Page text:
This is George Catlin’s painting of Osceola.
Iowa has an Osceola County and also a city named Osceola, which is located in Clarke County.
A high school girl’s basketball team, the Clarke County Indians, put together a poster celebrating their upcoming season. The poster was very well made from a photographic standpoint, but totally clueless in its sensitivity to cultural and racial issues. There is a fairly active debate on Facebook regarding whether or not it was culturally insulting, with some people arguing that this is a made-up issue, or political correctness gone wild.
The answer is pretty obvious. We are all clueless here.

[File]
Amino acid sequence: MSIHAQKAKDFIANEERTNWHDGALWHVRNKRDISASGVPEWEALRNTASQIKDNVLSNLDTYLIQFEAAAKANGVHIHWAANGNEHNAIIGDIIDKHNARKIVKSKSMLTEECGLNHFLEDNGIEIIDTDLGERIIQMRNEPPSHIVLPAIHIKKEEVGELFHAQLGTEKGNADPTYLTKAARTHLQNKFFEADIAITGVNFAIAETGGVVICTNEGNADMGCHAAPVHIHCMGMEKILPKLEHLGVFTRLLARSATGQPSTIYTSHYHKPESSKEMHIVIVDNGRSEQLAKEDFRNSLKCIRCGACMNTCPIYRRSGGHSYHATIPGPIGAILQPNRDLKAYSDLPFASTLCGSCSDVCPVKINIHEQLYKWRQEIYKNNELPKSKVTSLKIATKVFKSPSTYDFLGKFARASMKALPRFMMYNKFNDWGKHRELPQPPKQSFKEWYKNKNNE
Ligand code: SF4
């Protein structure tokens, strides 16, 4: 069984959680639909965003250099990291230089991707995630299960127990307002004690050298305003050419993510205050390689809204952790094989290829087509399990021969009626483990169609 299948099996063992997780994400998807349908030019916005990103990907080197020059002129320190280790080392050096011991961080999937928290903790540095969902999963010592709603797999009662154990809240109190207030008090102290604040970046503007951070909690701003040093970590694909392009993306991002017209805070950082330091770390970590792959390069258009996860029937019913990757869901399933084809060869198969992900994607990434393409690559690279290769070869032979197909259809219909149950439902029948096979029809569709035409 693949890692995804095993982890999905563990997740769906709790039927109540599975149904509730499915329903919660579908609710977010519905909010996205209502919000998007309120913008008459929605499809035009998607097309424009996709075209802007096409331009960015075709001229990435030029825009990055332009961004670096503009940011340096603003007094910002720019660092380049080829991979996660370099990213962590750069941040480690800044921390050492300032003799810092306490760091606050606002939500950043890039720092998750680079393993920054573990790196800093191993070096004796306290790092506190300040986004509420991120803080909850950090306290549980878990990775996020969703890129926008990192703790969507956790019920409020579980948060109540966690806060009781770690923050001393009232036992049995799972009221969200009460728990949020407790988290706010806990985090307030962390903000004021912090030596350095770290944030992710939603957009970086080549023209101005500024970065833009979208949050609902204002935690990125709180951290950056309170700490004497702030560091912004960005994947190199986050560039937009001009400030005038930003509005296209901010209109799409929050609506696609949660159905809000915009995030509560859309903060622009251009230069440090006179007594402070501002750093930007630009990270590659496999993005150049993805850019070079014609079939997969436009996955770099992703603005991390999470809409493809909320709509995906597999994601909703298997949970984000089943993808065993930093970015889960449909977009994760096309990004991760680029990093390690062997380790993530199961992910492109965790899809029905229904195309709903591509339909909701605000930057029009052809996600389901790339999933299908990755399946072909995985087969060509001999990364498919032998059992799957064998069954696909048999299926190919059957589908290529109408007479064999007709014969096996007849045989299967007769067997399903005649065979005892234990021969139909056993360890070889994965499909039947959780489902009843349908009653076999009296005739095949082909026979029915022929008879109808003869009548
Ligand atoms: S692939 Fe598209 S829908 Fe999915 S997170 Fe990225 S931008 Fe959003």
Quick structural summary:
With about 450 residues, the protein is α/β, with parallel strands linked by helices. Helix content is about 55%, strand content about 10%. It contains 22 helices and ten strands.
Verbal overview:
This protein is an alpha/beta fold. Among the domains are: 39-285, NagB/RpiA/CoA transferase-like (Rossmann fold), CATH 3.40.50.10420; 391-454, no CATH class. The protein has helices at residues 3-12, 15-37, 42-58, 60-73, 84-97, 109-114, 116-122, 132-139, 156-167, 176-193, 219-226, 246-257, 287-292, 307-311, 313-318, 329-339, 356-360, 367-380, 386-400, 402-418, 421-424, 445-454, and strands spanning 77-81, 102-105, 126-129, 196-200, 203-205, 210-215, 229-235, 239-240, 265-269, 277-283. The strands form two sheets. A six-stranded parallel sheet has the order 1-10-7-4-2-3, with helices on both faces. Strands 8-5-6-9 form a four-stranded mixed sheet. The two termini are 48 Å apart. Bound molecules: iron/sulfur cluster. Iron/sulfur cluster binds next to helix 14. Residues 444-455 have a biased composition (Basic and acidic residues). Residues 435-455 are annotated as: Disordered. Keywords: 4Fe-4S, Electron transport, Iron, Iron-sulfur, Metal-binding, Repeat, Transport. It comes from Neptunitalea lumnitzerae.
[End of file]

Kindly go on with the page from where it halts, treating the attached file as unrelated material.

Race doesn’t matter in America. Until it does. Then it can become everything.
I went to North Mahaska schools, never knowing who Chief Mahaska was. (There were actually two). Poweshiek, Keokuk, Black Hawk, Wapello, and Appanoose all spent time in Iowa. Osceola did not.
Osceola was of mixed blood, probably mostly Caucasian but also Creek, and raised as a Creek. He was part of a band that fled to Florida after being defeated by United States troops. There he joined the Seminole, and fought with them in the Second Seminole War.
He was captured under a flag of truce in 1837, and placed in prison. Americans generally were pretty ashamed of the treatment he got, and it caused a national scandal. George Catlin rushed to South Carolina and convinced Osceola to allow him to paint his portrait, which is shown here. Osceola died of disease while in prison within a few months of this painting.
I think it is great that we have counties and cities in Iowa that are named after Native American leaders, even those that did not live here.
But we should take the time and effort to know who they were.